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Synopsis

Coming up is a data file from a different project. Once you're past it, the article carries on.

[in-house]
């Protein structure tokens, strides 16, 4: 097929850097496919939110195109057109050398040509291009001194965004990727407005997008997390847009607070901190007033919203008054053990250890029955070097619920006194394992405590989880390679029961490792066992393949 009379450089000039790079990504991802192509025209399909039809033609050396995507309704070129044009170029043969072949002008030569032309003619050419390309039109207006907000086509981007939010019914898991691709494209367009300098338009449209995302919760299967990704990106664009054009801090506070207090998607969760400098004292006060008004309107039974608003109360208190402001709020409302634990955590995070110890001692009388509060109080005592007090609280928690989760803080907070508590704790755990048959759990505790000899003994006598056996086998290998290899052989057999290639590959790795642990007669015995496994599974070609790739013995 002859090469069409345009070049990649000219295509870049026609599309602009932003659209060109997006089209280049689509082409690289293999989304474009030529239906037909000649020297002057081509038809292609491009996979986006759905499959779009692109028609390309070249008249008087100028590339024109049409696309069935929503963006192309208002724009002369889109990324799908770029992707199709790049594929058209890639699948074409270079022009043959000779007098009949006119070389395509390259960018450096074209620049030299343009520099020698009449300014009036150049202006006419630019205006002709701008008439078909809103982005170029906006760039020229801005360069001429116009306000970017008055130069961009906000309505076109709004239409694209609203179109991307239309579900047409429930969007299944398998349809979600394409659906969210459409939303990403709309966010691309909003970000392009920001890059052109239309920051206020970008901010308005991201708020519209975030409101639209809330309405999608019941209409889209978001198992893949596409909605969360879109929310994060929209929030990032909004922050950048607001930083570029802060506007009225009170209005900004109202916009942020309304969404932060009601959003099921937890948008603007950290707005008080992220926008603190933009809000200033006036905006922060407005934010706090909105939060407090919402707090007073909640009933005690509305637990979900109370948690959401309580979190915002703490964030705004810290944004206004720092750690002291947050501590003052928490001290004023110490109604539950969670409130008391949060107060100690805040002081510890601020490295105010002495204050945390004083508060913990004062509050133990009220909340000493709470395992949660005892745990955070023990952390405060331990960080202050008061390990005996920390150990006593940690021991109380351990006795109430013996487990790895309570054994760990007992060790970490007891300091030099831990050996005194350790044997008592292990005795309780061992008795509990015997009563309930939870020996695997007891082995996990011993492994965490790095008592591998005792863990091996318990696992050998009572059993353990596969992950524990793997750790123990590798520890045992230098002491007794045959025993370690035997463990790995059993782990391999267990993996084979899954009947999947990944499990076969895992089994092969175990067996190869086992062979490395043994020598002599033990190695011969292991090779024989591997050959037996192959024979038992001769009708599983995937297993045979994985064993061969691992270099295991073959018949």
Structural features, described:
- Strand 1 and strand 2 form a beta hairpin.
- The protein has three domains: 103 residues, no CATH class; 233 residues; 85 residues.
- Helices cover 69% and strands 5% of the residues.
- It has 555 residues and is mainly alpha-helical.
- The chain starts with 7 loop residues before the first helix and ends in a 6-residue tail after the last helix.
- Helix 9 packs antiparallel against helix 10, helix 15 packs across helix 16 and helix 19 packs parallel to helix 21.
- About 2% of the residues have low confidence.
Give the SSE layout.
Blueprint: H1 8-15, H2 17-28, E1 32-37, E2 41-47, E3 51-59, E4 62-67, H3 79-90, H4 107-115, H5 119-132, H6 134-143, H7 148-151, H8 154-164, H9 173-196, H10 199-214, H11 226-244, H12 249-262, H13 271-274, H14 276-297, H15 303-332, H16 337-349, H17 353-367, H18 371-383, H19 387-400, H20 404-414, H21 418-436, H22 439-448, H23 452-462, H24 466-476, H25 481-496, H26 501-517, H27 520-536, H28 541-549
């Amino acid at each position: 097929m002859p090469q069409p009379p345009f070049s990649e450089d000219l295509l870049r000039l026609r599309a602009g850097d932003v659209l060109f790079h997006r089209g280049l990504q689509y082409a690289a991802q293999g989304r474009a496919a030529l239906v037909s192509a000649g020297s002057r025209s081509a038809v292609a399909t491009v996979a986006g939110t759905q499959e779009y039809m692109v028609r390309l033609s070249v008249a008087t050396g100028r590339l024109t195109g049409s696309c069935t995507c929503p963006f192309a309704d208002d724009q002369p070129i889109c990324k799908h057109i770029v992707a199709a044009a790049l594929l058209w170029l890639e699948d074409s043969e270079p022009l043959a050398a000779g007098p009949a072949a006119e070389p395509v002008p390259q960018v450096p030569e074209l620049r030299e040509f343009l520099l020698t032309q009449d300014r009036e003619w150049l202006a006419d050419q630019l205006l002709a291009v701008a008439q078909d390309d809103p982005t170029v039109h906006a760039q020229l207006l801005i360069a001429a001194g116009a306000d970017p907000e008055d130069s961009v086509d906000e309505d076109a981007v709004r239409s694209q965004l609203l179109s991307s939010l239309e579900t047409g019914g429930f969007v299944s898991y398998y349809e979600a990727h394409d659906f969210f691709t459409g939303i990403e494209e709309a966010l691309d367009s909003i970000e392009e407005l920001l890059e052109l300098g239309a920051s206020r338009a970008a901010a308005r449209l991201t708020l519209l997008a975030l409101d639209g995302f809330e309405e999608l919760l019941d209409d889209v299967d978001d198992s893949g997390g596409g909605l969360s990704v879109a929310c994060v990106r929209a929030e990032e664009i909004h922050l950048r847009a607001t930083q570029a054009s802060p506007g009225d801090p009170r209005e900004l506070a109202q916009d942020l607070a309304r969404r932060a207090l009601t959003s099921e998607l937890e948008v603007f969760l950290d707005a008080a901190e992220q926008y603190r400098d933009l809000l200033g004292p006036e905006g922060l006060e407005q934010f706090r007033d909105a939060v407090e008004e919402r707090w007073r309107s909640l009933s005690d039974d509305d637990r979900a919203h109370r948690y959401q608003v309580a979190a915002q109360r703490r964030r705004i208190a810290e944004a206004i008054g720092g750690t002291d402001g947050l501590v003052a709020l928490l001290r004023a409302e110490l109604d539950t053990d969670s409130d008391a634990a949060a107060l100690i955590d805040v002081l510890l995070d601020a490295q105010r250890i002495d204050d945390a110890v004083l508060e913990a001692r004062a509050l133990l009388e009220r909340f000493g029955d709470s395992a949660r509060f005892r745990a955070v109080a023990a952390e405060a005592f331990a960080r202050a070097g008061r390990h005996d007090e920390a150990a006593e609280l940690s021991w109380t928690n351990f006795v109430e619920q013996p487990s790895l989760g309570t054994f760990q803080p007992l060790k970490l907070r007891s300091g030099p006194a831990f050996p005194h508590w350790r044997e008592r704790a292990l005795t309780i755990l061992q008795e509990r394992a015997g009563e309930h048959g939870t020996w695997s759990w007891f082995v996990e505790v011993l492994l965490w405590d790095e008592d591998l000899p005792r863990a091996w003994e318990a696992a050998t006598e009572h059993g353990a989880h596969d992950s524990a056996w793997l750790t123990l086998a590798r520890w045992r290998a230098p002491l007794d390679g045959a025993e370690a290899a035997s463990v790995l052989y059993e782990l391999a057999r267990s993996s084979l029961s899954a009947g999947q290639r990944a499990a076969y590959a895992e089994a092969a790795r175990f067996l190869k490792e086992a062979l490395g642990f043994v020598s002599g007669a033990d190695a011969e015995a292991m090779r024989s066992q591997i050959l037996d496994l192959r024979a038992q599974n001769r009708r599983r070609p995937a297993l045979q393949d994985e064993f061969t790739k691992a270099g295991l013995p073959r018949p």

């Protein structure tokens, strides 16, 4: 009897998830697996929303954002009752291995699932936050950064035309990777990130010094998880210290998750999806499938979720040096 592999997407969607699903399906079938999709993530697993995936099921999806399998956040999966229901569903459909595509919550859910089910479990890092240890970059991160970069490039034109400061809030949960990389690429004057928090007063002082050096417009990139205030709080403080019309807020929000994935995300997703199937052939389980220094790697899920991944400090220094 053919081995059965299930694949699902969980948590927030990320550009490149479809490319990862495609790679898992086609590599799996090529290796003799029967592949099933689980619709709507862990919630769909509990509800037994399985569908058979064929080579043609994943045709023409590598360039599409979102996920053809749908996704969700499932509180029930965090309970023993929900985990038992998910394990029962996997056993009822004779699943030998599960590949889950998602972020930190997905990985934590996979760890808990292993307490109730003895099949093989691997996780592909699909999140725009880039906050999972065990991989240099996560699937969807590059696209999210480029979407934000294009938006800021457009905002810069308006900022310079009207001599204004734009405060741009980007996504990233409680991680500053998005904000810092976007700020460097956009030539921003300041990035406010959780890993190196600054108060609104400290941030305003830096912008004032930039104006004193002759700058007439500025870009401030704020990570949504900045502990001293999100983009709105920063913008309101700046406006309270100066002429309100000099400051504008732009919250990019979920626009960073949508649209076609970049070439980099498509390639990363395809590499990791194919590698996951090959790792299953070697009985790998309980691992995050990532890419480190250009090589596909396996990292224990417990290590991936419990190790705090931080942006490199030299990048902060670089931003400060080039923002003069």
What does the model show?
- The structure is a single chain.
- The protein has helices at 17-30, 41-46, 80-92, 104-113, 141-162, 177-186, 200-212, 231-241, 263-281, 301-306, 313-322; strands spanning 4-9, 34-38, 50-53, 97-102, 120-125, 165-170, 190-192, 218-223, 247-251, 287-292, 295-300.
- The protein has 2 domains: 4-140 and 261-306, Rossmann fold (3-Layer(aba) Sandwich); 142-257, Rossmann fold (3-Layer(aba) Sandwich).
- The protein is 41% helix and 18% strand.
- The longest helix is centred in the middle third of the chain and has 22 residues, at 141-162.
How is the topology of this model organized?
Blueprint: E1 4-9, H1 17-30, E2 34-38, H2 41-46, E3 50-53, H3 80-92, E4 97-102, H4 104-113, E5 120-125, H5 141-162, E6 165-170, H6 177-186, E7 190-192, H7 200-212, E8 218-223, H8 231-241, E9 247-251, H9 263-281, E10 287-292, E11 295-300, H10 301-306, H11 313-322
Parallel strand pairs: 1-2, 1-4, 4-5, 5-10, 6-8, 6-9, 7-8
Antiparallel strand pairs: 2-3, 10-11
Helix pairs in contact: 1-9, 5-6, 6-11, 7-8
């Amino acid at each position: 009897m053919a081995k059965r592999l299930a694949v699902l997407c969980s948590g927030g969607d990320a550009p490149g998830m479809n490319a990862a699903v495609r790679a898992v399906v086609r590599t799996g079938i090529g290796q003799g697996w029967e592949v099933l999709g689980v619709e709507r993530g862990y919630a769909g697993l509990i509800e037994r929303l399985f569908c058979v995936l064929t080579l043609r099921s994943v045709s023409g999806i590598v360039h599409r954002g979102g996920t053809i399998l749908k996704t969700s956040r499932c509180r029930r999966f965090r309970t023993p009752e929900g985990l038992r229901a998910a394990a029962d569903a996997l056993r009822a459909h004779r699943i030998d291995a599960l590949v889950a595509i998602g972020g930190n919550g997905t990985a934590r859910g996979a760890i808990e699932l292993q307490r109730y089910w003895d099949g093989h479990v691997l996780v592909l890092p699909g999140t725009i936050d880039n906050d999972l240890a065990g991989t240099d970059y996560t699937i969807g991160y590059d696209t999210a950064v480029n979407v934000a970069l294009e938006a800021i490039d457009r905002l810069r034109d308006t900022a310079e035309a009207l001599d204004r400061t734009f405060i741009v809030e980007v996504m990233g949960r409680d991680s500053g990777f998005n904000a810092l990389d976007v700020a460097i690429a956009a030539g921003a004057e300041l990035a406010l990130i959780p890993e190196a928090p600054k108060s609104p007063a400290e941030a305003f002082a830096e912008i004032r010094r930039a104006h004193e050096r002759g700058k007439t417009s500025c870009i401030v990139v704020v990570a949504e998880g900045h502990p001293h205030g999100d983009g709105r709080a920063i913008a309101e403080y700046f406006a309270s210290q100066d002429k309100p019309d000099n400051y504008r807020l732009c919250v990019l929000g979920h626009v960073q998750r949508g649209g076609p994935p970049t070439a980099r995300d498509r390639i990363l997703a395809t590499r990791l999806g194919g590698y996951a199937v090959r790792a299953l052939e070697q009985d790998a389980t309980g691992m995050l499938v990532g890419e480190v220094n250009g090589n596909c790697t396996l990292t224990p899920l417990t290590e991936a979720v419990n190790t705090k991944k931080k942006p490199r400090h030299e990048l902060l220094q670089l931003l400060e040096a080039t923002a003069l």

Information about women is scattered throughout the fragmented mosaic of ancient history: the vivid poetry of Sappho survived antiquity on remnants of damaged papyrus; the inscription on a beautiful fourth century B.C.E. grave praises the virtues of Mnesarete an Athenian woman who died young; a great number of Roman wives were found guilty of poisoning their husbands but was it accidental food poisoning or disease or something more sinister. Apart from the legends of Cleopatra Dido and Lucretia and images of graceful maidens dancing on urns the evidence about the lives of women of the classical world--visual archaeological and written--has remained uncollected and uninterpreted. Now the lavishly illustrated and meticulously researched Women in the Classical World lifts the curtain on the women of ancient Greece and Rome exploring the lives of slaves and prostitutes Athenian housewives and Rome's imperial family. The first book on classical women to give equal weight to written texts and artistic representations it brings together a great wealth of materials--poetry vase painting legislation medical treatises architecture religious and funerary art women's ornaments historical epics political speeches even ancient coins--to present women in the historical and cultural context of their time. Written by leading experts in the fields of ancient history and art history women's studies and Greek and Roman literature the book's chronological arrangement allows the changing roles of women to unfold over a thousand-year period beginning in the eighth century B.C.E. Both the art and the literature highlight women's creativity sexuality and coming of age marriage and childrearing religious and public roles and other themes. Fascinating chapters report on the wild behavior of Spartan and Etruscan women and the mythical Amazons; the changing views of the female body presented in male-authored gynecological treatises; the "new woman" represented by the love poetry of the late Republic and Augustan Age; and the traces of upper- and lower-class life in Pompeii miraculously preserved by the eruption of Mount Vesuvius in 79 C.E. Provocative and surprising Women in the Classical World is a masterly foray into the past and a definitive statement on the lives of women in ancient Greece and Rome.

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